Dorothy Friedman August
By Ron Kolm
"I was broken when I worked at the Plastic Factory"
--from NIGHT SHIFT
The thirteen vignettes, short stories and meta-texts that comprise NIGHT SHIFT by Ron Kolm are chronologically arranged and written between 1969 and 2015. The first, "A Philadelphia Story", describes when he worked in a bookstore in Reading, Pennsylvania. Kolm writes that when he tried to encourage customers to read Joyce and Beckett, the book store owner complained "Only bums do that." Maybe Kolm has been a bum all his life or an "unbearable", following in the foot-steps of Kerouac and GInsberg. "The Plastic Factory", the longest story in the collection, is a mini-classic, and echoes GInsberg's visionary critique of America and the falseness of The American Dream.
The world he writes about is Moloch-like, peopled with slaves and unseen masters of autocratic technocracy, those unable to love or communicate even with themselves. As the stories unfold the reader sees characters slip and fall and can add up their scars. In this comic-tragedy of post-fallen man, instead of the Garden of Eden we have a plastic factory and other kinds of hell. Even Allen Ginsberg appears as a mercenary in one story, a hipster businessman, more interested in selling books than being inspirational. Kolm asks the question when should you not go to work and answers when you work in a plastic factory, as he captures the dehumanization of the job and society.
Ron works the night shift in a "pressure cooker room" which manufactures plastic lenses for eyeglasses. It's the most dangerous section of the factory where flammable chemicals can explode at any moment. "If an explosion does occur only two people need disappear," he explains. But Ron and his partner manage to survive before they gag or pass out. This story and others parallel the diffi-culties he has with his marriage, which is like living in another pressure cooker. Job, house, relationship., all portray dysfunction or decay. The factory is situated atop a mountain of rubble. The synthetic ambiance is both real and metaphorical, with its well-lit cafeteria, plastic chairs, fast-food machines and workers paid $3 an hour. It can be compared with Andy Warhol's Factory.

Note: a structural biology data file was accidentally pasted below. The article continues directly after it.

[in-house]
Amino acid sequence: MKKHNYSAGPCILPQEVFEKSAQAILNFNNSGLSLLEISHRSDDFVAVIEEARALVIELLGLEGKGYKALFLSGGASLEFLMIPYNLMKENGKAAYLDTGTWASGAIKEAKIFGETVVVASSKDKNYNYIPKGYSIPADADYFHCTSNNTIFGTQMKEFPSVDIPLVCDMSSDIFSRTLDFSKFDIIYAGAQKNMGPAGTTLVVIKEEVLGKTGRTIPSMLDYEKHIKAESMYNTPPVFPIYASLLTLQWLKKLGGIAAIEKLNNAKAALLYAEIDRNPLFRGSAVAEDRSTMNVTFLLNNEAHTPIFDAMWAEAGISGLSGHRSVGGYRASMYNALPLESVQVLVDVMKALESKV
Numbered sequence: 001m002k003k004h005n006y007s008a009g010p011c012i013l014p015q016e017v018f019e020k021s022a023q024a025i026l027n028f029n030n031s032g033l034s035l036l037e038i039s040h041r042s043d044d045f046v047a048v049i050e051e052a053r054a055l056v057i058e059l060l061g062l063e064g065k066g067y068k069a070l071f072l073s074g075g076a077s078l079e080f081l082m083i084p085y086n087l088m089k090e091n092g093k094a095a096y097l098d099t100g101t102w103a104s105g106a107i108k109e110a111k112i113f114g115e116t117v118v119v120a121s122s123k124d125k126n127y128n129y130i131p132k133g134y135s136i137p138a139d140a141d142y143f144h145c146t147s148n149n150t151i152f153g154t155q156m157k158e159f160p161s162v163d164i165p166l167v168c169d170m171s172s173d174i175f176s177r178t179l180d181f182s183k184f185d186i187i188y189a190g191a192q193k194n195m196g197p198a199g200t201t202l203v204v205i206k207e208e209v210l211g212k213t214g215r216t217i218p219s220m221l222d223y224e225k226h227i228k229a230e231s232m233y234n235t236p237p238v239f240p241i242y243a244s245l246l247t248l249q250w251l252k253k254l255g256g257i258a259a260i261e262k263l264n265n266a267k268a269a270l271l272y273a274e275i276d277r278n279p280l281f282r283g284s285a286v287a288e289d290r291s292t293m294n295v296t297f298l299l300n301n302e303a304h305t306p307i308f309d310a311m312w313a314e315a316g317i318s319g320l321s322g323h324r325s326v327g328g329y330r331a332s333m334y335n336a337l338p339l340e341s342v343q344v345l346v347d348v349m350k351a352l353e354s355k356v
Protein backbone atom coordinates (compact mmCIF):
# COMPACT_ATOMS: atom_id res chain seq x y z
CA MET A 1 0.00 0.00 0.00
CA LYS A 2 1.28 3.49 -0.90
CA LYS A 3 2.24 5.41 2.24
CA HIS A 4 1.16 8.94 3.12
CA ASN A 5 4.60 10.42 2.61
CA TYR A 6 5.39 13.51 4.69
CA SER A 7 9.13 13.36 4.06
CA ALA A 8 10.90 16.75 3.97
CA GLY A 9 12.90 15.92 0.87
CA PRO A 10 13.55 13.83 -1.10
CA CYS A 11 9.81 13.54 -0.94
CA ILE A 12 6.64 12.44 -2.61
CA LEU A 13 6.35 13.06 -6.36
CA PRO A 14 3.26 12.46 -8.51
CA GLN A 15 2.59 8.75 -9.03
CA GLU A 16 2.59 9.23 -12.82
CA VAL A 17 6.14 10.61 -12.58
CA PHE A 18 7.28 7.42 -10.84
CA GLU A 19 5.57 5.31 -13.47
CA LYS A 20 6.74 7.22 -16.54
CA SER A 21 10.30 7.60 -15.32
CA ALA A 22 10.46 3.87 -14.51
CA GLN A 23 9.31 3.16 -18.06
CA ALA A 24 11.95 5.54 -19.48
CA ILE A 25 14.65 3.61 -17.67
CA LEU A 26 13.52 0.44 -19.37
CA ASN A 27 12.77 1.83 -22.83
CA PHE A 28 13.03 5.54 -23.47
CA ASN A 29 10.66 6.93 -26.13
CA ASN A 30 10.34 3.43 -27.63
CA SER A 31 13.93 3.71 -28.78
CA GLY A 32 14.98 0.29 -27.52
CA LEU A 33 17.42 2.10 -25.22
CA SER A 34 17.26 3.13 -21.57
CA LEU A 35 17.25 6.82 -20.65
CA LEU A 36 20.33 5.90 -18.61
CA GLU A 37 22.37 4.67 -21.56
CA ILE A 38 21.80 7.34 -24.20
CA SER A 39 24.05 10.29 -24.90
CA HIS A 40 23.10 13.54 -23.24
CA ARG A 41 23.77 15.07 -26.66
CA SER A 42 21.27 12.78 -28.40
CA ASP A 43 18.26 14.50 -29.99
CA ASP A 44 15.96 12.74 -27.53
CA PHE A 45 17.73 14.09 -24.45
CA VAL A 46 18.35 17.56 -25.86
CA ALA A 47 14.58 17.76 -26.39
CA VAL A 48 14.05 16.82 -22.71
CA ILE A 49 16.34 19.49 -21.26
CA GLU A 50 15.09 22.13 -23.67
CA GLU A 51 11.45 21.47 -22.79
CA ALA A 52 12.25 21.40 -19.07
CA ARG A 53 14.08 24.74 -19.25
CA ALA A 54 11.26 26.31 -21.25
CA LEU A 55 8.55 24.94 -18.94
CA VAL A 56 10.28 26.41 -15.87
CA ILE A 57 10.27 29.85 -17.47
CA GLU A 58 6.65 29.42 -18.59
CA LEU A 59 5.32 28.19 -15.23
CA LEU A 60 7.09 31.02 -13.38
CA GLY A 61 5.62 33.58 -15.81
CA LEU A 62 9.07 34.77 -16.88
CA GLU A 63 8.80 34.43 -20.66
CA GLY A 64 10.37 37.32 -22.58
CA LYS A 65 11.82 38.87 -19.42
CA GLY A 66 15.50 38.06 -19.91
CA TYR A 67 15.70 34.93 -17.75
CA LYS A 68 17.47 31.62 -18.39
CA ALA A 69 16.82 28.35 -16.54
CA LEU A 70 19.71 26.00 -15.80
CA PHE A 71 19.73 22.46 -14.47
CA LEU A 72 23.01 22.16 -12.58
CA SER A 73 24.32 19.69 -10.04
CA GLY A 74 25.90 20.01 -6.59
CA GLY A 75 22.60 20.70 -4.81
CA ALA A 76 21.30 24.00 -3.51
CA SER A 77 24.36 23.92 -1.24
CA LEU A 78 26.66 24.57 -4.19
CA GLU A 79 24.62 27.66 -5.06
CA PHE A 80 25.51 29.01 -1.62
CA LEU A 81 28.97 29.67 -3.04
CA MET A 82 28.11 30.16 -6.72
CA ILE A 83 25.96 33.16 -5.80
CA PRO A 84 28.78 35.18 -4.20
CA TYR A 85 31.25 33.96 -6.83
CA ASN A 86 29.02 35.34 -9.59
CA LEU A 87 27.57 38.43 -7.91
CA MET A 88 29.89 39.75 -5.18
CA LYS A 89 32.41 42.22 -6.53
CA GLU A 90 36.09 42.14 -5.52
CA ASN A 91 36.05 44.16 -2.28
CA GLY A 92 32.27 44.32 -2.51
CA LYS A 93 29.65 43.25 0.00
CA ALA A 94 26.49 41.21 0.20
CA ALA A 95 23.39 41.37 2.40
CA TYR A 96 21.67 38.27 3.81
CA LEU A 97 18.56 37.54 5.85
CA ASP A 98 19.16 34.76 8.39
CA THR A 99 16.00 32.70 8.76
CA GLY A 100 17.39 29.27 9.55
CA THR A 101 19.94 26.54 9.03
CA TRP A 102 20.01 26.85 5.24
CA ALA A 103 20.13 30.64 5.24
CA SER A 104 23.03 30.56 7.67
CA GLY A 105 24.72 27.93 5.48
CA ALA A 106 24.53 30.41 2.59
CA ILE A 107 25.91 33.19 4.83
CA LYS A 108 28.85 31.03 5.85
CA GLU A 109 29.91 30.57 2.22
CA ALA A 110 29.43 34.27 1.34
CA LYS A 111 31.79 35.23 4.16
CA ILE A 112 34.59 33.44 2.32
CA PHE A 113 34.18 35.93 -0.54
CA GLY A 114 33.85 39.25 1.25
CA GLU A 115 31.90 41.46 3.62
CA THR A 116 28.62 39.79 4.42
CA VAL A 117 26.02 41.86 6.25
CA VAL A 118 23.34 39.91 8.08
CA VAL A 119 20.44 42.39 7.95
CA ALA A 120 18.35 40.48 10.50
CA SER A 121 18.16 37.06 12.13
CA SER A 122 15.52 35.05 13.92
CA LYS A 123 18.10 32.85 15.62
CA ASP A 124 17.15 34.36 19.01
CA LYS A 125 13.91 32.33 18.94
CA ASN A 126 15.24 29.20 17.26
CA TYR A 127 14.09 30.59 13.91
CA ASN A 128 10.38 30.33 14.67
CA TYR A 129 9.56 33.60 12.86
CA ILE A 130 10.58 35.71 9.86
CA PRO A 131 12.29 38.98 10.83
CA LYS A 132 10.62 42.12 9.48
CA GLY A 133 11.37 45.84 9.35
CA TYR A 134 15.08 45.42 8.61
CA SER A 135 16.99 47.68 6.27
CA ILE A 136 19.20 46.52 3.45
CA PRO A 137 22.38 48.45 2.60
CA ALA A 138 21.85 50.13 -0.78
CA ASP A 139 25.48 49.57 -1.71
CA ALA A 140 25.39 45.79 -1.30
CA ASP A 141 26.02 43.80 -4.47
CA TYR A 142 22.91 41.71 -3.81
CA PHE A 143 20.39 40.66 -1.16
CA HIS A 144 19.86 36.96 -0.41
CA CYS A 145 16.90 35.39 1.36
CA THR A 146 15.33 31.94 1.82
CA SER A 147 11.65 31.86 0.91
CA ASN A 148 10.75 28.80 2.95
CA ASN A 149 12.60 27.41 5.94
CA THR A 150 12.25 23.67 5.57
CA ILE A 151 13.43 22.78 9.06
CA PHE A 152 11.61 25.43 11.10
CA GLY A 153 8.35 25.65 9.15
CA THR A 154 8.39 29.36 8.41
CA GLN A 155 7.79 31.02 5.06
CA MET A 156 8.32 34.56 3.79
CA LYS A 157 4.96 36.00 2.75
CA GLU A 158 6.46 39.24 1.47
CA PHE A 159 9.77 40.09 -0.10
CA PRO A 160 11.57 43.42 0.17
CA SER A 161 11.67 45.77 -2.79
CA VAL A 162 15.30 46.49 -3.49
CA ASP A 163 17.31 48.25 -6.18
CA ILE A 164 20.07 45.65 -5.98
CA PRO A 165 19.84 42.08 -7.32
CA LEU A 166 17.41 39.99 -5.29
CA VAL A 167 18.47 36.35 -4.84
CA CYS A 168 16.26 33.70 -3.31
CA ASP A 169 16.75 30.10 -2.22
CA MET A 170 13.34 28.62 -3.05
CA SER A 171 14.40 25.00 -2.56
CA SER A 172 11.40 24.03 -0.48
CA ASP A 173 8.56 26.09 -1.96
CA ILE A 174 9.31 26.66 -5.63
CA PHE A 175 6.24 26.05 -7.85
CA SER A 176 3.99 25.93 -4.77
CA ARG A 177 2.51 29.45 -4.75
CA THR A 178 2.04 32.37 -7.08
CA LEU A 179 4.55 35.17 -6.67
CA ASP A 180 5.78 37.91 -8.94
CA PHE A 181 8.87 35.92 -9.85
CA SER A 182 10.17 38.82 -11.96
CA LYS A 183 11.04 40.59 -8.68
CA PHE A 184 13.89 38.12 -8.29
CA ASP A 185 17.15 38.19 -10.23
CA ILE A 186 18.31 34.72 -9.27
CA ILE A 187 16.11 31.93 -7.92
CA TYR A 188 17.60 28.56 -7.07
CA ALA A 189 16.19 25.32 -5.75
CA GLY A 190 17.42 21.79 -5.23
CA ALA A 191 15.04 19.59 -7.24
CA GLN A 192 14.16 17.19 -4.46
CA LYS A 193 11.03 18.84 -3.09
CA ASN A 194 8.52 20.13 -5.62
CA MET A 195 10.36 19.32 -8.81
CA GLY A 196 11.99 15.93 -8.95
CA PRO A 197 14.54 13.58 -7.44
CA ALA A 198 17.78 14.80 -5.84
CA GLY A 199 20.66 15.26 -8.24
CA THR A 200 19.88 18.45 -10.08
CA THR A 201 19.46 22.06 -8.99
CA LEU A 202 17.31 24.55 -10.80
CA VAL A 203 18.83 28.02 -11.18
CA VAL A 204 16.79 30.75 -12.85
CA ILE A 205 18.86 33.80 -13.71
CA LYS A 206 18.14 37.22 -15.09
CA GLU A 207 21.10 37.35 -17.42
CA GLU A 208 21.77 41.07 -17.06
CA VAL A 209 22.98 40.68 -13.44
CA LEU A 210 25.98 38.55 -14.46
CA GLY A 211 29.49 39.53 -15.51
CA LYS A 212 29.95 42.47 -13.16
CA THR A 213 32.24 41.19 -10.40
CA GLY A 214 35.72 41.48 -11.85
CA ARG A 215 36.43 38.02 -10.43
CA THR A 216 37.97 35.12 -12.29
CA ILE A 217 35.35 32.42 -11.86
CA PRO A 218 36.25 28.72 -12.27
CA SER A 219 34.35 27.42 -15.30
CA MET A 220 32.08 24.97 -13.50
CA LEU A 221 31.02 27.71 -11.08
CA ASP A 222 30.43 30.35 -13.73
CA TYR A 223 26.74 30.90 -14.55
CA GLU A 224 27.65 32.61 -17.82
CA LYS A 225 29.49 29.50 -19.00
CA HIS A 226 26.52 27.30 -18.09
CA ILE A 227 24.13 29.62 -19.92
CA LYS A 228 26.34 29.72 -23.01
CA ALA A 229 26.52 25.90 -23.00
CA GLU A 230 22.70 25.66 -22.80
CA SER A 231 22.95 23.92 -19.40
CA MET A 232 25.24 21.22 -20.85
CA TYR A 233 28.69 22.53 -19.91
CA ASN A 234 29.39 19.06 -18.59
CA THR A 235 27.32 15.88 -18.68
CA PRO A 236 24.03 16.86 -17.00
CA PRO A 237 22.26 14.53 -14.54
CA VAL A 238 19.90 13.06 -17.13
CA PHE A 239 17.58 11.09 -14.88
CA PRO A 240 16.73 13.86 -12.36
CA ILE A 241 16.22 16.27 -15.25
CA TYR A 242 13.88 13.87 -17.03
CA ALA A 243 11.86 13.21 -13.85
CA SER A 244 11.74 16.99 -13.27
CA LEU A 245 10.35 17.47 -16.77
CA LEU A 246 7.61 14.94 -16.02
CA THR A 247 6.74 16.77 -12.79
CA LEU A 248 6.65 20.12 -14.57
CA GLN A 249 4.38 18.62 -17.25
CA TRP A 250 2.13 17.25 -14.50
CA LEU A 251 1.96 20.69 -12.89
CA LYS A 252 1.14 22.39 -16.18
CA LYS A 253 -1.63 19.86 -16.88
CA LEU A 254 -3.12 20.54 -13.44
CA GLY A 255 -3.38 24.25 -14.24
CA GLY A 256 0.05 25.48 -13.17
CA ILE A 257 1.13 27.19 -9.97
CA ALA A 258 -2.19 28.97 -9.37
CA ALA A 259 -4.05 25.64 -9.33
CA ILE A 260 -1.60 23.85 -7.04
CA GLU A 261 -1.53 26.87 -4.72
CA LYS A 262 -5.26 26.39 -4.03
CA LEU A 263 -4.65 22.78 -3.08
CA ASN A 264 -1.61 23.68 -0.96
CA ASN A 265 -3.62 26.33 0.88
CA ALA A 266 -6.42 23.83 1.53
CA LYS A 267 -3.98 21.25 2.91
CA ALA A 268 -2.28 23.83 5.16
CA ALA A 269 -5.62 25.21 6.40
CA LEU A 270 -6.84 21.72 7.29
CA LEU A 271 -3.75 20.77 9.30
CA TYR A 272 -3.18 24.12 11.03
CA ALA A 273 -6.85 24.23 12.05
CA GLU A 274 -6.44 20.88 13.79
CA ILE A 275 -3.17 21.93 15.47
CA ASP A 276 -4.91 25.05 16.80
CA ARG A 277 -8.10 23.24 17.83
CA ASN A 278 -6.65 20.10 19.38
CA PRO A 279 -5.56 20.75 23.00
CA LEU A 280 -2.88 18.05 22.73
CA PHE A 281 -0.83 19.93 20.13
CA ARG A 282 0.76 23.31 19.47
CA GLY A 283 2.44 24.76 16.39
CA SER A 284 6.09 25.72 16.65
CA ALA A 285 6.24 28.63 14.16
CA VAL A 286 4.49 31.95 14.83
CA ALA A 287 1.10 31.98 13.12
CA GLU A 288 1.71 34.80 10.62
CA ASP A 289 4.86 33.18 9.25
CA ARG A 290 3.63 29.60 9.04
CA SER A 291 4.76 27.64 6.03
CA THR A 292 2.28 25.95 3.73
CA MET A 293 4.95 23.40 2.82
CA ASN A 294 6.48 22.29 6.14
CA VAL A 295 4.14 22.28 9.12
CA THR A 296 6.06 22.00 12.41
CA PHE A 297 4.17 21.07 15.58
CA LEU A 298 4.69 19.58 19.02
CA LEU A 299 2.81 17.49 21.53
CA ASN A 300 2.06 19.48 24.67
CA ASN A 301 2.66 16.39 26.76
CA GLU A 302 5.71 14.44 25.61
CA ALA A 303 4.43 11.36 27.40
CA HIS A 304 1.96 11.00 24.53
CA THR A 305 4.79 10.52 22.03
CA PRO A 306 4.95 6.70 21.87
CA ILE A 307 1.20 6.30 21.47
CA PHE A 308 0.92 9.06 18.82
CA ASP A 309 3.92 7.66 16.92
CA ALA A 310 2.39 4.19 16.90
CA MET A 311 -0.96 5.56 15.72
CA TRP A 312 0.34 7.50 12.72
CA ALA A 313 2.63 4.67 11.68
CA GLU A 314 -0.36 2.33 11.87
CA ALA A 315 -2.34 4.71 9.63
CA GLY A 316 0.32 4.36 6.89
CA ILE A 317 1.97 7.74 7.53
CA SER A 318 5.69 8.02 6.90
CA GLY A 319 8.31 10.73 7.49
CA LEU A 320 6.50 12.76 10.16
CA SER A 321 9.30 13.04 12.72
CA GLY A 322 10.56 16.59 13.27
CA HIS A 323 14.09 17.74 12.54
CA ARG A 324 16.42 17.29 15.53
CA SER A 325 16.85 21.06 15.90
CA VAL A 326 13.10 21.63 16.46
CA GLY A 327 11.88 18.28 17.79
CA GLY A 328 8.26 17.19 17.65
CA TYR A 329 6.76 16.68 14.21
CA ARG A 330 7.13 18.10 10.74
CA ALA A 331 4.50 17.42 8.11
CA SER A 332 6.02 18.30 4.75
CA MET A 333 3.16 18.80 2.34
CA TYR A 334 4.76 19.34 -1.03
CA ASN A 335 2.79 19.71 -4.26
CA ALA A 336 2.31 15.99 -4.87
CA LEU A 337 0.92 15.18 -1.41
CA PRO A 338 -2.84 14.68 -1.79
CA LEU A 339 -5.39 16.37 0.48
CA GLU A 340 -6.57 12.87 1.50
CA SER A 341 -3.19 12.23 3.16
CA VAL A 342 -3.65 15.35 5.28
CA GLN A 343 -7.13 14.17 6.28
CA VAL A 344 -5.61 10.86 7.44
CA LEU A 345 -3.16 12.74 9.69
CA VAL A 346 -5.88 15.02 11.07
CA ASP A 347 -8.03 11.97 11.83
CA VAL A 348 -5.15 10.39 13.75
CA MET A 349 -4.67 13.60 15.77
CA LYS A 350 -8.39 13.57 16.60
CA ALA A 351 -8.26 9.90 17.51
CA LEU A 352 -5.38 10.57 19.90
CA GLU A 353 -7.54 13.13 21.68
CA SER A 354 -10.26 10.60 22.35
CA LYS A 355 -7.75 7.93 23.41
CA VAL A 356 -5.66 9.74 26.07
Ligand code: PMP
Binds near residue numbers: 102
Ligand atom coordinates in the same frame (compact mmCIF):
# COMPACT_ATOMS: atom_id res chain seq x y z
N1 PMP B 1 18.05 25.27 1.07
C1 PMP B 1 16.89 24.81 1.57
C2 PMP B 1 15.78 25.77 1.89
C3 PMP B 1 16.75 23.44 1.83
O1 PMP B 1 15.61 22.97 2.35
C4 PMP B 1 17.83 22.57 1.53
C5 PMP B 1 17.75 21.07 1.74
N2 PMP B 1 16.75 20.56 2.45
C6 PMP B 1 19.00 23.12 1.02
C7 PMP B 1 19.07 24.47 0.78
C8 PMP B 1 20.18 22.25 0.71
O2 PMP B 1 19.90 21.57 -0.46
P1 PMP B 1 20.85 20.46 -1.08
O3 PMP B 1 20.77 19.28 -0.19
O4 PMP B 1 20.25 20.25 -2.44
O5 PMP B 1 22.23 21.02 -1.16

These vivid narratives of self, friends and people he meets are detailed and highly visual. For example, in one scene he writes "The styrene eats away at the rubber soles of their shoes. Gobbles at bare skin. Devours eyeballs." (from "The Plastic Factory") The writing has a con-fessional often comic quality. It makes you want to cry and shout with him, for despite despair, he keeps trucking. He's inside and outside what he experiences and there are no lovers to be found anywhere.
Scary, funny, and autobiographical Kolm takes us on a journey from childhood to adulthood, through a world both real and allegorical, in which protagonist and guide is an Everyman trapped in a materialistic technologically crazed society. In taut unsentimental prose he traverses an impersonal and uncaring universe. Says Kolm "Some of the early pieces depict when I lost control of my life." If it sounds Orwellian, you're on the right track. He's always struggling with the darker forces.
A BOOK OF PIECES
SNAPSHOTS AND DANCES
How far does style go? We won’t debate here if the “how” as opposed to the “what” is the whole point of any work of art, word or otherwise, but it indisputably goes a long way, as in notably different ways these three books by local downtown writers demonstrate.
At the middle of the spectrum is Bonny Finberg’s KALI’S DAY. It’s a novel of fitful discovery that takes place between New York and Nepal, around a cluster of folks overeducated and underripened. There’s a lot of social and sexual bumping around, with some scenes of violence, in places familiar and (to most readers) exotic, as characters seek happiness and enlightenment too often to no great avail. Finberg’s style in narration and dialog is gabby. Her light touch in self-editing can be read as mere authorial laissez-faire or as an implied commentary on her characters’ habits of chronic, between-the-centuries, overurbanized American drift. Credit, at least, Finberg for loyalty to her characters, whose wobbly gravitas may well have posed challenges to their creator’s persistence, as they markedly test the reader’s. This is the human clay she’s been given—as may be her message--from our contemporary life and times. An exceptional not-quite-high note comes from one character’s tentative, and likely fleeting, burst of insight:
Everything seems ridiculous, including me. Most of all me. All the thoughts and feelings, the actions of this pathetic thing we call our lives, suddenly seem meaningless. Now I know what they mean by "the Grand Scheme of Things." The grand scheme is that there is no scheme. It’s a big shapeless blaze of light and that’s all. It’s a march toward death along a lonely road crowded with mobs of lost people. We might as well take a few nice photographs with our camera phones to remember the good times and hope to end up a little wiser by the time we get there. Maybe that’s true bliss.
If only I could believe that.
Lehman Weichselbaum Cont...
At the far end of the scale is Leslie Prosterman’s SNAPSHOTS AND DANCES. True to the book’s title, the poems inside pick up from worlds real and imagined. Precisely because Prosterman knows style and its crafting, it goes a long way in selling the work. In the more personal poems, many evoking “snapshots” of early family life, the rhythms stay loose and narrative, while still closely attending to their inherent music. In the more reaching, less everyday pieces, perhaps paradoxically, the voice tightly spins in on itself for a pinpoint, high-alert verbal choreography. In “The Goddess looks upward from underground:”